How to survive cancel culture

By KAY C. JAMES
Posted 6/8/21

As a Black conservative for more than 40 years, I’m an expert on being canceled. I was canceled by the political left long before cancel culture was all the rage. If there’s one thing …

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How to survive cancel culture

Posted

As a Black conservative for more than 40 years, I’m an expert on being canceled. I was canceled by the political left long before cancel culture was all the rage. If there’s one thing liberals and leftists dislike more than a conservative, it’s a Black conservative.

Liberal America doesn’t want to hear from African American conservatives because we go counter to their narrative that Black people needed liberal saviors, especially ones who come bearing gifts of more government.

And when I led the effort to reform welfare in Virginia in the 1990s — trying to reform a system that discouraged marriage and work, that weakened the Black family and that fostered perpetual dependence — they really hit the roof!

Apparently, I didn’t know my place.

As someone who has been a public figure now for four decades, I have learned to navigate both that kind of cancel culture and the “woke” cancel culture that pervades society today.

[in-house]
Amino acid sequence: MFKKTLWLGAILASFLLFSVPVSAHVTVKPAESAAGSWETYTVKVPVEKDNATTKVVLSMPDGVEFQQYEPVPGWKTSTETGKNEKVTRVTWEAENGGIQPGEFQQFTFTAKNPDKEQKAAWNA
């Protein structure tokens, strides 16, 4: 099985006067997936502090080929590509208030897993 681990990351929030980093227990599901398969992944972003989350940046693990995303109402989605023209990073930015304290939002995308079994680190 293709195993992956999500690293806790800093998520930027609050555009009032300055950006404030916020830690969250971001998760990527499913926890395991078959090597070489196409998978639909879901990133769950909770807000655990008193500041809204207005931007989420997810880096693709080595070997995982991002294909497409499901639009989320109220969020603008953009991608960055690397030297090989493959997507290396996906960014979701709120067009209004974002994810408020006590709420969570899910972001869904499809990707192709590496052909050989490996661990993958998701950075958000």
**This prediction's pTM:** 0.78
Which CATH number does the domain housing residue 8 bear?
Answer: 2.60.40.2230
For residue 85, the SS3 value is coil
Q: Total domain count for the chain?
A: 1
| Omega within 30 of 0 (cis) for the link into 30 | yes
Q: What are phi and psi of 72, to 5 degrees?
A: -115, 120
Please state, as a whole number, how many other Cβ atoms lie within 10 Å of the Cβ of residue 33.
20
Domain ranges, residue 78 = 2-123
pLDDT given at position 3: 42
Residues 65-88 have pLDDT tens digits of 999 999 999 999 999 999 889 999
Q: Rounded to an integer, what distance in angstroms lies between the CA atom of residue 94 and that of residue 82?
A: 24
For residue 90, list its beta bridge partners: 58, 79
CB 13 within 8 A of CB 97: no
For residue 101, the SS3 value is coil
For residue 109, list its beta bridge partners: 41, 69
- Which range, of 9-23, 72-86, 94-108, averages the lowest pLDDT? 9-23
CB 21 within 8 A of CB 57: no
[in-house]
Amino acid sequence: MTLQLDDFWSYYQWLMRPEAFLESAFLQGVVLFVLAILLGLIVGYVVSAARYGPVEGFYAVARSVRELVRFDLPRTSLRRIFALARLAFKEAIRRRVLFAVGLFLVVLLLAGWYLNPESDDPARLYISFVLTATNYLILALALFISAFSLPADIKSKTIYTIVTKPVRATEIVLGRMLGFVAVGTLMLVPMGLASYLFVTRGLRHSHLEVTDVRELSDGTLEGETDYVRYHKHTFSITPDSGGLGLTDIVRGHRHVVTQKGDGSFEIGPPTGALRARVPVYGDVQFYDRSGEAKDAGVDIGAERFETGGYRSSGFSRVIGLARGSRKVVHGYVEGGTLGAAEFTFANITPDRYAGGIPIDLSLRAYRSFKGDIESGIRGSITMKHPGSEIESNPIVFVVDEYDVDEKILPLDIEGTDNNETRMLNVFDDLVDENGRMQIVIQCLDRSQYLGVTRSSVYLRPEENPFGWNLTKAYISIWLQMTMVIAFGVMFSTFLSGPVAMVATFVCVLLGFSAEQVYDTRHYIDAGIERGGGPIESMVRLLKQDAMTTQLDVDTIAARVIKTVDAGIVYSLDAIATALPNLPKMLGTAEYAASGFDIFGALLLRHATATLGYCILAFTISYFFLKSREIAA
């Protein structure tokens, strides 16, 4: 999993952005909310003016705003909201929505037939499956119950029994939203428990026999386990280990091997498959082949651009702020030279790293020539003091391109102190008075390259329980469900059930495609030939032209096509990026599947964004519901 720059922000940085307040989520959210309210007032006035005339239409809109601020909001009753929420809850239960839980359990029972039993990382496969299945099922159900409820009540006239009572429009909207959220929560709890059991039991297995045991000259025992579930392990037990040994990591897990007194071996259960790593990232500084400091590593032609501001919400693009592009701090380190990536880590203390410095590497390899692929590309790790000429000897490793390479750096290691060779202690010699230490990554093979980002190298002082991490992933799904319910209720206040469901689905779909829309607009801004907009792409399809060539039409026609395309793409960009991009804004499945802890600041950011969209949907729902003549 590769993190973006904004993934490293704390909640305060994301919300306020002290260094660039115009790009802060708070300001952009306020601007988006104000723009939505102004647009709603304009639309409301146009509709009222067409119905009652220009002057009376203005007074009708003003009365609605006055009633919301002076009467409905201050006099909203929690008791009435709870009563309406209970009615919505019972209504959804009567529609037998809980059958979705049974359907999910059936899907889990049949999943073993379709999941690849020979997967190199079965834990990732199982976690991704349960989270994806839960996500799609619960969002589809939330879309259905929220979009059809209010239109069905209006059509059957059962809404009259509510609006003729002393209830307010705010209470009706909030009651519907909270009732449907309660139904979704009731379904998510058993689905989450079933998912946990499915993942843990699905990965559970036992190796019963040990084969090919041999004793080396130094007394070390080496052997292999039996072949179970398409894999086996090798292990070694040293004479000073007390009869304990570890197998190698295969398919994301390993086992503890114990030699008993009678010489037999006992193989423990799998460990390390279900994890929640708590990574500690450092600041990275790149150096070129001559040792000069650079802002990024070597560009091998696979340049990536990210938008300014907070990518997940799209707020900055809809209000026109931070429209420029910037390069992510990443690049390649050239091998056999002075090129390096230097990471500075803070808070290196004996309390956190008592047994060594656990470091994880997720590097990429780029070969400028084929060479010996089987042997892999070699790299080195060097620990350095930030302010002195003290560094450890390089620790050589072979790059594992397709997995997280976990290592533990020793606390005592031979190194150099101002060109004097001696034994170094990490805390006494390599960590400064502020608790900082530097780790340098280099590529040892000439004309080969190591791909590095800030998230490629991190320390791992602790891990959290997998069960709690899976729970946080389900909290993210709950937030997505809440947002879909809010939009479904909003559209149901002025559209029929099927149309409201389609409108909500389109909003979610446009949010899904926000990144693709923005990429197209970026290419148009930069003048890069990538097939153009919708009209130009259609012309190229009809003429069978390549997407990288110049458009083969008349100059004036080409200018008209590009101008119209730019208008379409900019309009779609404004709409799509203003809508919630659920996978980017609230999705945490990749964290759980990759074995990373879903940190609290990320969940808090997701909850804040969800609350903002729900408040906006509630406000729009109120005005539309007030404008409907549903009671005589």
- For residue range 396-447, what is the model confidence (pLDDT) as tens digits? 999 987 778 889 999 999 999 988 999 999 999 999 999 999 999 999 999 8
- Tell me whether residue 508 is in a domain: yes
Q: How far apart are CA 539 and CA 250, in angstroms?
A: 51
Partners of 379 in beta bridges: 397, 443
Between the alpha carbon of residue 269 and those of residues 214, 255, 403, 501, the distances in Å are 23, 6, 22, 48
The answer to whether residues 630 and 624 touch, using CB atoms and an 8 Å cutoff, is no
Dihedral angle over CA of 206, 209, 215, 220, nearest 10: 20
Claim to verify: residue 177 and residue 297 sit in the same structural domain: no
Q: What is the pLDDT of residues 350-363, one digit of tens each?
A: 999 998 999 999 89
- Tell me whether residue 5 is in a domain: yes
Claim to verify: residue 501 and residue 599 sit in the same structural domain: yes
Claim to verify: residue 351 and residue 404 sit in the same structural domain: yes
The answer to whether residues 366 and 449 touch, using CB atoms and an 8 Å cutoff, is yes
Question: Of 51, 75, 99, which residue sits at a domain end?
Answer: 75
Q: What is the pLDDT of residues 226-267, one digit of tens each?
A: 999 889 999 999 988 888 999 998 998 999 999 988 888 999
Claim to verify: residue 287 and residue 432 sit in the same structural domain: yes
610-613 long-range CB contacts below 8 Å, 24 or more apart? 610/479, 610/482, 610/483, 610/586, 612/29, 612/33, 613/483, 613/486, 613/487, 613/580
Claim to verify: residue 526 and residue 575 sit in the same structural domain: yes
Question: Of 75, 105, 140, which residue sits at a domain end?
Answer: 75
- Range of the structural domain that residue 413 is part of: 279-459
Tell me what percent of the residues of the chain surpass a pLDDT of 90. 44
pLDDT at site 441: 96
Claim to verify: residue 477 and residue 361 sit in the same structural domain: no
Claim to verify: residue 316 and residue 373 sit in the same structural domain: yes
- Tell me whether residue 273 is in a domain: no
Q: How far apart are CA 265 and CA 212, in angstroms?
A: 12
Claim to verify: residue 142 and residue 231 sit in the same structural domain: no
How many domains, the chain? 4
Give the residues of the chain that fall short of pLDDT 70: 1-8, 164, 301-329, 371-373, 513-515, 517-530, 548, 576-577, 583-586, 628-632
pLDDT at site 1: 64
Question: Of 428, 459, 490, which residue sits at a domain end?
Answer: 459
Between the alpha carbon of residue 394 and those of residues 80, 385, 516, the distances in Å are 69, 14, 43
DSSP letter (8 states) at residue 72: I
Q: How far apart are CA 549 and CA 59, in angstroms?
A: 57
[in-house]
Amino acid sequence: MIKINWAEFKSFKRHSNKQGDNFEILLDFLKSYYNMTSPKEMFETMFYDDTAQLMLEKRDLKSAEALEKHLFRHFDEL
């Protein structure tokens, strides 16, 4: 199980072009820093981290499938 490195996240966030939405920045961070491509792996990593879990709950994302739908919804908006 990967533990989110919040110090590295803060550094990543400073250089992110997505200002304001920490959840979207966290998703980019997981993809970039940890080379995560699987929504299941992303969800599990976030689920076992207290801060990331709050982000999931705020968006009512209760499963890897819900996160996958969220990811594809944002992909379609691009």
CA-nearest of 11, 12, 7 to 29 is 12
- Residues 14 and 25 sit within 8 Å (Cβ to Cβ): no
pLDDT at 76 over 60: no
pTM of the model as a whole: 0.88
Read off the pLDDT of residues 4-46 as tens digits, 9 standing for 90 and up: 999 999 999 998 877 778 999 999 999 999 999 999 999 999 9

Here are some lessons I’ve learned:

  • Always be honest. The best defense is always the truth. Moreover, make sure you have your facts straight before you speak and that you can back up what you say.
  • When you’re wrong, have the courage to admit you’re wrong. But when you’re right and taking a principled stand, have the courage to stand up for those principles, even in the face of withering criticism. Others will see your strength and be encouraged by it. But if you’re right and you give in, you have only served to embolden cancel culture.
  • Don’t try to cancel others. There’s no need to be cruel and adopt the tactics of cancellation. Here is where I go back to my faith-based roots. We all fall far short of perfection. We need to show grace and forgiveness toward others, especially if we hope for the same mercy from others when we inevitably stumble ourselves.
  • Be principled and don’t be a hypocrite. Hypocrites make easy targets for canceling and are fun for everyone to take down a few pegs.
  • Expect that anything you write or anything that you say in front of a camera (even your friend’s cellphone) could end up trending on social media or landing on the front page of a newspaper. If you’re not okay with that, think twice about saying or doing it.

In the end, you can’t be afraid to speak up for what you know is right. You will inspire others to follow your lead, and when more people speak up, we’ll reach enough critical mass to eventually cancel “cancel culture.”

Remember the old days when you could debate and disagree and still be civil? Honest debate has been the cornerstone of Americans finding the best solutions to our biggest issues for nearly 250 years. For the sake of our society, it’s time to return to those days.

Kay C. James is president of The Heritage Foundation (heritage.org).  A longer version of this article appeared in the Washington Times.

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